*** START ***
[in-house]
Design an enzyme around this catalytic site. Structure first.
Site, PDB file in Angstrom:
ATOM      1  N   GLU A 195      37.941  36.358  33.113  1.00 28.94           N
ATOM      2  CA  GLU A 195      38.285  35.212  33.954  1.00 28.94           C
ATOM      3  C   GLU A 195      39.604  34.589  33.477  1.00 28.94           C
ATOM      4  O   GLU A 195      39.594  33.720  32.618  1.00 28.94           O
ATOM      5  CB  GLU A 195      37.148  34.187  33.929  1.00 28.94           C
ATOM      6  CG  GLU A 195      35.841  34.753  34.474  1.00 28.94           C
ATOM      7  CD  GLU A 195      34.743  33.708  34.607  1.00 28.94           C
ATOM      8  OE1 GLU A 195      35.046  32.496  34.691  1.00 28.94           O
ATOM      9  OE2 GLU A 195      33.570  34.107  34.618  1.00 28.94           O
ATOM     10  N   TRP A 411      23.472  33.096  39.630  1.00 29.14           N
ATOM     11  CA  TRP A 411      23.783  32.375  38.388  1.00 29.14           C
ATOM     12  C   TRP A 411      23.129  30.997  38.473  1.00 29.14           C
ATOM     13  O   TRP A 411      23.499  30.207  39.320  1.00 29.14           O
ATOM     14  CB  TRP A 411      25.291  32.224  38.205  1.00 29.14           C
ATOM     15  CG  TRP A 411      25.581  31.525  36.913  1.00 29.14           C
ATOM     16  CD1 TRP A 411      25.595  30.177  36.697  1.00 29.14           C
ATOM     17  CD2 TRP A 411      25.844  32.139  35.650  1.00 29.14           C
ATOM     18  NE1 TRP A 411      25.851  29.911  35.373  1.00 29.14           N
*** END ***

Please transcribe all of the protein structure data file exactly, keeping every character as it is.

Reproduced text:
[in-house]
Design an enzyme around this catalytic site. Structure first.
Site, PDB file in Angstrom:
ATOM      1  N   GLU A 195      37.941  36.358  33.113  1.00 28.94           N
ATOM      2  CA  GLU A 195      38.285  35.212  33.954  1.00 28.94           C
ATOM      3  C   GLU A 195      39.604  34.589  33.477  1.00 28.94           C
ATOM      4  O   GLU A 195      39.594  33.720  32.618  1.00 28.94           O
ATOM      5  CB  GLU A 195      37.148  34.187  33.929  1.00 28.94           C
ATOM      6  CG  GLU A 195      35.841  34.753  34.474  1.00 28.94           C
ATOM      7  CD  GLU A 195      34.743  33.708  34.607  1.00 28.94           C
ATOM      8  OE1 GLU A 195      35.046  32.496  34.691  1.00 28.94           O
ATOM      9  OE2 GLU A 195      33.570  34.107  34.618  1.00 28.94           O
ATOM     10  N   TRP A 411      23.472  33.096  39.630  1.00 29.14           N
ATOM     11  CA  TRP A 411      23.783  32.375  38.388  1.00 29.14           C
ATOM     12  C   TRP A 411      23.129  30.997  38.473  1.00 29.14           C
ATOM     13  O   TRP A 411      23.499  30.207  39.320  1.00 29.14           O
ATOM     14  CB  TRP A 411      25.291  32.224  38.205  1.00 29.14           C
ATOM     15  CG  TRP A 411      25.581  31.525  36.913  1.00 29.14           C
ATOM     16  CD1 TRP A 411      25.595  30.177  36.697  1.00 29.14           C
ATOM     17  CD2 TRP A 411      25.844  32.139  35.650  1.00 29.14           C
ATOM     18  NE1 TRP A 411      25.851  29.911  35.373  1.00 29.14           N